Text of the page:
The resignation of Rodrigo Pessoa as High Performance Manager of the Irish Olympic show jumping team was presented on Friday by various broadcasters as something of an unexpected event.

This does raise some obvious questions. When he was recruited two-and-a-half years ago by the sport’s governing body, Horse Sport Ireland, some facts about him would have been apparent.

1) He is Brazilian.

2) As a rider on the Brazilian show jumping team he had helped secure for his native country two bronze team medals at previous Olympics (as well as an individual gold medal for himself).

3) He was still a major international show jumper in his own right, and as such, with the right horse, might at some stage be selected for the Brazilian team at Tokyo.

Indeed, it could be argued that some of these facts were instrumental in Pessoa getting the job with the Irish team in the first place. The advantages of his Olympic experience and his considerable knowledge as a top-ranked rider greatly outweighed any possible disadvantages that might arise due to his nationality. 

And so it proved. With a very strong High Performance Committee formed around him – including Irish show jumping veterans Gerry Mullins, Michael Blake and Taylor Vard – Pessoa went about restructuring the Irish team ethos and eventually steered Shane Sweetnam, Bertram Allen, Denis Lynch and Cian O’Connor into the gold medal position at the European Show Jumping Championships at Gothenburg in 2017 – the first time Ireland’s show jumpers had won any team championship medal since 2001.

With this confidence-booster behind them, the Irish squad was now focused by Pessoa on the elusive team place at Tokyo, and it came, to great popular acclaim, at Barcelona in October this year, when Darragh Kenny, Peter Moloney, Cian O’Connor and Paul O’Shea not only grabbed the Tokyo ticket, but also won the FEI Nations Cup Final for the first time.

Friday’s news that Pessoa would now be stepping down as High Performance Manager should not have come as any great shock to the governing body. He had delivered what they’d hired him to do, and he now had a horse of his own that might give him a chance of qualifying for Olympic selection on the Brazilian team. But there has been no indication from HSI that they tried to persuade him to stay on, to see the team through the gates of the Tokyo stadium or reach some compromise on extending his contract, which might seem a logical step, given his unprecedented success with the team. 

However, indications are that HSI representatives have been scouring the international talent base to find a new show jumping manager, and there are also strong rumours that the High Performance management team that Pessoa had so carefully assembled around him might be replaced.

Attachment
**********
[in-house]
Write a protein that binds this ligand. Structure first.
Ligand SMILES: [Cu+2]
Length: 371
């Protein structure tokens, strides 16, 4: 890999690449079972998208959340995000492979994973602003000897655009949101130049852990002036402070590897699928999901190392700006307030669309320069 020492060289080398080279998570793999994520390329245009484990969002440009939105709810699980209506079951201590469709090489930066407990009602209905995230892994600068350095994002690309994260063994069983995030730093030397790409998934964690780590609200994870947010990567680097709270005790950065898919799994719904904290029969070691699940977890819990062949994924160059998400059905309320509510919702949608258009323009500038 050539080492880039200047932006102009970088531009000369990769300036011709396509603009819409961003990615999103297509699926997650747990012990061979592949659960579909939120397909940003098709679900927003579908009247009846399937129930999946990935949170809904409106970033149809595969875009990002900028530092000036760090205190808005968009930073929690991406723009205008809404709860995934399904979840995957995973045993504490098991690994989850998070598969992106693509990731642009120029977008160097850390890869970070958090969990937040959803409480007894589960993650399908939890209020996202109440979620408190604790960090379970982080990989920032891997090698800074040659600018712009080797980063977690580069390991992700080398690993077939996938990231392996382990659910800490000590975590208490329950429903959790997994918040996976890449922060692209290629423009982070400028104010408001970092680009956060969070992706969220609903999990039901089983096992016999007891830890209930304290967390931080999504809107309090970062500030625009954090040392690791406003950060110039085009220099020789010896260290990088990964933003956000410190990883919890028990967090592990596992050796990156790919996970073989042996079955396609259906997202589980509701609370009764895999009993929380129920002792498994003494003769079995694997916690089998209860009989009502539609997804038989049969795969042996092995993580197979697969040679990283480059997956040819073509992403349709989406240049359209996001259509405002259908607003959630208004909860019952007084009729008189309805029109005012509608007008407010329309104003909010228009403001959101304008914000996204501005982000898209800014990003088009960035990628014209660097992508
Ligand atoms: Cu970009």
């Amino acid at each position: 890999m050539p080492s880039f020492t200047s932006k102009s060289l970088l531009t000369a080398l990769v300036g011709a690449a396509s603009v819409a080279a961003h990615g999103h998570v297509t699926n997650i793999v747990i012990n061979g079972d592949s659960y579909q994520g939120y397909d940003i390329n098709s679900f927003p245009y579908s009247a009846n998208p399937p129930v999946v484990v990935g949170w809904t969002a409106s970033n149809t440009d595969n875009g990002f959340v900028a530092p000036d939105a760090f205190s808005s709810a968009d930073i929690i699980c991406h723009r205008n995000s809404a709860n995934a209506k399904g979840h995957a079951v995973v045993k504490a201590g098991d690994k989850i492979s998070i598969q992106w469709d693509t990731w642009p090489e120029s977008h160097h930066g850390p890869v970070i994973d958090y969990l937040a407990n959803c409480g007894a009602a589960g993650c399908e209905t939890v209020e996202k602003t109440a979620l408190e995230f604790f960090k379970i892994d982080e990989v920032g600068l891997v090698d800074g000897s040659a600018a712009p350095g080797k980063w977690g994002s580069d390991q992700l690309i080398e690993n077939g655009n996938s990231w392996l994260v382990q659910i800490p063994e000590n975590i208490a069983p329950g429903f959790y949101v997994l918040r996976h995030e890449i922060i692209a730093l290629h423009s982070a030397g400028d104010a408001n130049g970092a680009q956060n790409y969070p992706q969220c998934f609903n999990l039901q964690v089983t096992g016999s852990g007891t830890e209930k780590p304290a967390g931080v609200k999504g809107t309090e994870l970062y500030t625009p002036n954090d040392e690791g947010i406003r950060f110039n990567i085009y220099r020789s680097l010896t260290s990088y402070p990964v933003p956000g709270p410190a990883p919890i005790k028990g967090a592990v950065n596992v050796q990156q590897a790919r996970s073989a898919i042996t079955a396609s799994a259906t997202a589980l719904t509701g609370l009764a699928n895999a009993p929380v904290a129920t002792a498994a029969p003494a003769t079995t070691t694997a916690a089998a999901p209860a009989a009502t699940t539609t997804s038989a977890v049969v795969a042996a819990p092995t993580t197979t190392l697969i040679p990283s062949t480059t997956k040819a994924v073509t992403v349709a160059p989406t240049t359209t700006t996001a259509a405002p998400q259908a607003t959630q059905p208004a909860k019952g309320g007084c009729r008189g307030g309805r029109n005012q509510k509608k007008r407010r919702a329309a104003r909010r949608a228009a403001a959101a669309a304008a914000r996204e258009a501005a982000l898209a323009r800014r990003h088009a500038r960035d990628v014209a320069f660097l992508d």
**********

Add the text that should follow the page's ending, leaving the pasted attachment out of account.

One question jumps out….why?

Pessoa, the consummate professional, has already signalled his support for the appointment of his No.2, Michael Blake, as the man to take over the reins for the nine months leading up to Tokyo, so that the finely-tuned system that has delivered the victories would be kept intact.

In his statement on Friday, the Brazilian said: “Michael Blake has not only been a valuable member of this committee but also my assistant, his relentless enthusiasm was infectious and I will always consider him a close ally.”

Michael Blake (right) with Rodrigo Pessoa

It’s also known that 40 of Ireland’s top international riders recently signed a letter sent to HSI indicating their preference for Blake as the new manager, should Pessoa step down.

With no Irish show jumping team able to qualify for the three previous Olympic Games, the achievement of Pessoa and his high performance team cannot be underestimated. 

It almost beggars belief that the governing body would now even be considering major changes to this team, replacing them with people who have not worked with the Irish riders and horses to such great effect over the last two-and-a-half years. Do they want to start again from scratch, with the Olympics so close?  

In a statement that followed the Barcelona Olympic qualification triumph in October, Horse Sport Ireland’s CEO Ronan Murphy recorded special thanks “to our High Performance Director Rodrigo Pessoa and his support team, Michael Blake, Taylor Vard and Gerry Mullins, who have played a huge part in delivering this result and expertly guiding our High Performance Jumping programme in recent years.”

It would be extremely odd if HSI were now to replace that team, following such a vote of confidence by its Chief Executive.

-Colin McClelland